Performers Toe The Line Between Apsara and Modern Dance

The rehearsal began with plies-well, sort-of plies.  For dancers throughout Europe and North America the plie is the de rigueur start of the dancing day, for if one does not bend one’s legs-that is, plie-one simply cannot move. It is an ancient, time-honored ritual that dates back to the French court dances of Louis XIV.

So it was only natural that Bafana Matea, one of six dancers from New York City’s Battery Dance Company in town this week rehearsing with 22 Cambodian dancers for a performance Saturday night at the Chaktomuk Theatre, called first for plies.

He got no response.

Fred Frumberg, the executive director of the NGO Amrita Performing Arts, which is helping produce the show, pulled him quietly aside and said, “We don’t have any plies here.”

Matea, beaming, turned back to the assembled Cambodian crowd and said, “OK, we’re going to do some bending.”

The collaboration is one sign of the new and bubbling interest in innovation among young Cambodian dancers who have dedicated their youth to learning the strict forms of classical Khmer dance forms. And it has all been made possible by the US State Department, which has ramped up its efforts at cultural diplomacy since the Sept 11, 2001 terrorist attacks on the US.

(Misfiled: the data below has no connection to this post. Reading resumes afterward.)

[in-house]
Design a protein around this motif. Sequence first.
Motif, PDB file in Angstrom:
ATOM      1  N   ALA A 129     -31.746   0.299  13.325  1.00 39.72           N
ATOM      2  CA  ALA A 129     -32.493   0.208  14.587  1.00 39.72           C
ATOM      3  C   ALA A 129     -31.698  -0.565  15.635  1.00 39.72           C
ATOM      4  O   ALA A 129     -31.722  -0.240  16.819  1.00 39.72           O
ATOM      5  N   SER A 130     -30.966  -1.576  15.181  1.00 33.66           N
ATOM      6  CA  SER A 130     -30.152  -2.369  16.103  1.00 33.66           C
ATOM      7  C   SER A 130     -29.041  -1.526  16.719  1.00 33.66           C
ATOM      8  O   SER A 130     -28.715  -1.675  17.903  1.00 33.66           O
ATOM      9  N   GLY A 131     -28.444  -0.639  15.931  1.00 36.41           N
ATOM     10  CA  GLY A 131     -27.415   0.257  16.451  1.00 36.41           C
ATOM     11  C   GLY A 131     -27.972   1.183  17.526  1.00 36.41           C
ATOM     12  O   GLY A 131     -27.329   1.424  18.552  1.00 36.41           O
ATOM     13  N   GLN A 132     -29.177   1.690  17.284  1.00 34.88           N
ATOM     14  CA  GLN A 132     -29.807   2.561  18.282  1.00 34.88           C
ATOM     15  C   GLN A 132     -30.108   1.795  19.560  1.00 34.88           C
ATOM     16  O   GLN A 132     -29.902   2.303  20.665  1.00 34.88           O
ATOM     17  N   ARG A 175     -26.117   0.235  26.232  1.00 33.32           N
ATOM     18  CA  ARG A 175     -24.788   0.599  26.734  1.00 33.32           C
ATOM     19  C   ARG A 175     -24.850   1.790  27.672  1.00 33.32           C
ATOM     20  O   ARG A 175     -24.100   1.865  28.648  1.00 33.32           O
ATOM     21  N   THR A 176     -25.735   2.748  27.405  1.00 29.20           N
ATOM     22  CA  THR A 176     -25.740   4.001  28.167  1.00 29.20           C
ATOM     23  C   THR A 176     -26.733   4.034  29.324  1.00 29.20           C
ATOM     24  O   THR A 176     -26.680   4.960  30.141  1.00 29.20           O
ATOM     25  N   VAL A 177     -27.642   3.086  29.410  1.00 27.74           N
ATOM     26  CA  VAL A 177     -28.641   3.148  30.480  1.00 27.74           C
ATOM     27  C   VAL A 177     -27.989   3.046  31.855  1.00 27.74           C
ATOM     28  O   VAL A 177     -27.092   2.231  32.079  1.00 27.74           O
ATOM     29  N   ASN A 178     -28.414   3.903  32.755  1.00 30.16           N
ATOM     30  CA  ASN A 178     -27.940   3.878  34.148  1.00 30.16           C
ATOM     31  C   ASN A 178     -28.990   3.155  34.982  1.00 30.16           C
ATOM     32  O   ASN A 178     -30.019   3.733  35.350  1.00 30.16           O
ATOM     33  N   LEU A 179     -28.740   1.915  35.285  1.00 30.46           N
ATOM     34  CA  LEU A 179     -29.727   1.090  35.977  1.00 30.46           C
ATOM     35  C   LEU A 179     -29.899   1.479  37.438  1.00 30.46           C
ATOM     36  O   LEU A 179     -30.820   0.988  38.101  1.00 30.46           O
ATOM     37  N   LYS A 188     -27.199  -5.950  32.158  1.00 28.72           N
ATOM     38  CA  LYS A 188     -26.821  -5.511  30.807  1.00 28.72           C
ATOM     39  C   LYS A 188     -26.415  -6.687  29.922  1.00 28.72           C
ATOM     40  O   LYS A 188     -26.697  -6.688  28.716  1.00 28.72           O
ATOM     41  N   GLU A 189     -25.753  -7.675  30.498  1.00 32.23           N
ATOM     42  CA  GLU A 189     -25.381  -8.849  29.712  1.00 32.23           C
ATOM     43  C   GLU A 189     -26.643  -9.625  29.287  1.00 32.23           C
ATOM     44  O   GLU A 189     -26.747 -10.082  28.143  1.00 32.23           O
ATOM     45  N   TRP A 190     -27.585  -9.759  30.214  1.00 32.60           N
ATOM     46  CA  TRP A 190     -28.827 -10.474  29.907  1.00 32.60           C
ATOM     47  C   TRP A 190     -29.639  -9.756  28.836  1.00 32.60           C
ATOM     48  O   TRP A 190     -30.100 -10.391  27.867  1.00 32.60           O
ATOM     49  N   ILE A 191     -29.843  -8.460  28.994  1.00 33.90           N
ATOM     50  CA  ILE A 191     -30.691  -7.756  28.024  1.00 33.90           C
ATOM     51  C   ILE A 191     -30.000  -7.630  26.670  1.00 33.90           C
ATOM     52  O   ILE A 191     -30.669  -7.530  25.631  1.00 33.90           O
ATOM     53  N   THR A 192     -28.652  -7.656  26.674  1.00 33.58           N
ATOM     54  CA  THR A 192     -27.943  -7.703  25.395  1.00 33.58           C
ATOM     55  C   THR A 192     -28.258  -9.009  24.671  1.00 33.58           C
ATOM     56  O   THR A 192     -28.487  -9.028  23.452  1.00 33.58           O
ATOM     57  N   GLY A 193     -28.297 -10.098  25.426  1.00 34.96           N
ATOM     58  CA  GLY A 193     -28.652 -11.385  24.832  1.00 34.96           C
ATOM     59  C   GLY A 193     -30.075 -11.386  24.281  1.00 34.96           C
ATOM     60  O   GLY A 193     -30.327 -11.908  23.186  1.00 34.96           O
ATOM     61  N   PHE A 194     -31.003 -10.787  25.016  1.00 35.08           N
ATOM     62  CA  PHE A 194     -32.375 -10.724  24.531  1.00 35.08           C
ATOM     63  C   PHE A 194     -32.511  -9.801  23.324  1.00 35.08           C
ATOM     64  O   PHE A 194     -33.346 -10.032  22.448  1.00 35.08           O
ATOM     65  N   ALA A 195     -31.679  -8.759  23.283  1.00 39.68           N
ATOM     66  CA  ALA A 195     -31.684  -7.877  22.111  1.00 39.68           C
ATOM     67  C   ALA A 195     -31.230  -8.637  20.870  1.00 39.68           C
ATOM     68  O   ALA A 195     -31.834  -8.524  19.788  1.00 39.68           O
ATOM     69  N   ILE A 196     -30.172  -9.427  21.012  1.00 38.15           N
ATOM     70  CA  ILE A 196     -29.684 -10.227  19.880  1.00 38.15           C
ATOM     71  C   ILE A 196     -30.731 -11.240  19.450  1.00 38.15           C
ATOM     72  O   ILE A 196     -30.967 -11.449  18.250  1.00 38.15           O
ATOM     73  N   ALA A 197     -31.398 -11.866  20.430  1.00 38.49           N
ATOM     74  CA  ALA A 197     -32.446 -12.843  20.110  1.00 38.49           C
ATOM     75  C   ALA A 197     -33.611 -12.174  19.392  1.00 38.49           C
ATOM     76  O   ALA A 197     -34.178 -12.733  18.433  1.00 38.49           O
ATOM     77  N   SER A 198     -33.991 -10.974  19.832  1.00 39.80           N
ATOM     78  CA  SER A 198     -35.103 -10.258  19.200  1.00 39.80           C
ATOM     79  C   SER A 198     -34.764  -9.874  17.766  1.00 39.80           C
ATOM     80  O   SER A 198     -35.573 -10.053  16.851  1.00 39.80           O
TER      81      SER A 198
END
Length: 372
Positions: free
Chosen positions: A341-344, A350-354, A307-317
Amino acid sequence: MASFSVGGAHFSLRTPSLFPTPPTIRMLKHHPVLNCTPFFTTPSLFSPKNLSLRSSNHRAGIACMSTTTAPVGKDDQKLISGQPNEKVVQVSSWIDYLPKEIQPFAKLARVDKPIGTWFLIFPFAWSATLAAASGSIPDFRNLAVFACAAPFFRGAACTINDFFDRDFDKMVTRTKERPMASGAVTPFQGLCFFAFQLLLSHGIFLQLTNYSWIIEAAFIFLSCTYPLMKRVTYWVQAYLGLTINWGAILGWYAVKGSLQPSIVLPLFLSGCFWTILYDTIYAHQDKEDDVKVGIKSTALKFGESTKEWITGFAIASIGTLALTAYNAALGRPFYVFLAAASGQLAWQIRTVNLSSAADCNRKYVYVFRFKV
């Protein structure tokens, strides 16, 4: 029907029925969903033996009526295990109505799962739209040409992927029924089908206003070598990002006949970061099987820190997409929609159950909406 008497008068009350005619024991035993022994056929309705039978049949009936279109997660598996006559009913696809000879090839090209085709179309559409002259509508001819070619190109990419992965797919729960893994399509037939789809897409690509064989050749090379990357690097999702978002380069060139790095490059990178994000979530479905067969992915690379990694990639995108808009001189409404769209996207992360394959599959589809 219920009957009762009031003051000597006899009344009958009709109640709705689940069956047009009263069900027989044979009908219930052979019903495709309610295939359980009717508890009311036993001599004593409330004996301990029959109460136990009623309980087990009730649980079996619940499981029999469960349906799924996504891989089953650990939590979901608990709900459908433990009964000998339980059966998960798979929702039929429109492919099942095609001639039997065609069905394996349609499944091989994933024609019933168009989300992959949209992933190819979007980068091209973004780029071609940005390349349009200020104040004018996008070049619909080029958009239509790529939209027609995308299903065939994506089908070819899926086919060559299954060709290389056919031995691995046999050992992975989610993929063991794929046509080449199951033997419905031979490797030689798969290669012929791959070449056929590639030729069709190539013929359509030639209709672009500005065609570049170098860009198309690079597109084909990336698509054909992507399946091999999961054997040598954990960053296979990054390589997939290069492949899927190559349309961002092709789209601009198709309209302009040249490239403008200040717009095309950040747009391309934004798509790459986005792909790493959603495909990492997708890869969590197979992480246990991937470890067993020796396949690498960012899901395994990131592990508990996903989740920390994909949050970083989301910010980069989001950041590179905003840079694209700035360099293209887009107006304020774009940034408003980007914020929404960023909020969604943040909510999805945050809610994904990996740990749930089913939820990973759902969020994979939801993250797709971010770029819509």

Cambodia today is unique in that so many artists were killed or died during the regime of Democratic Kampuchea.

The nation’s arts, like so much of the nation itself, were decimated. After the Khmer Rouge were driven from power in 1979, the slow work of rescue and recovery began. Old master teachers were taken out of the rice fields and put back into classrooms, where they have trained new generations of Cambodian dancers. Classical dances have been recorded for posterity on videotape.

In 2003, the UN Educational, Scientific and Cultural Organization declared the Royal Ballet of Cambodia a masterpiece of oral and intangible heritage, which some have taken to be a testament to the success of those years of painstaking reconstruction.

Now some voices are calling for evolution.

“We live in a globalized period,” Chey Chankethya, 22, said after rehearsal on Tuesday. “Cambodian dancers need to live in this globalization. We need to know something besides ourselves,” she said.

Last month, she and eight other Cambodian dancers started a group called “Trey Visai” (“Compass”) to exchange ideas and, eventually, create new choreography.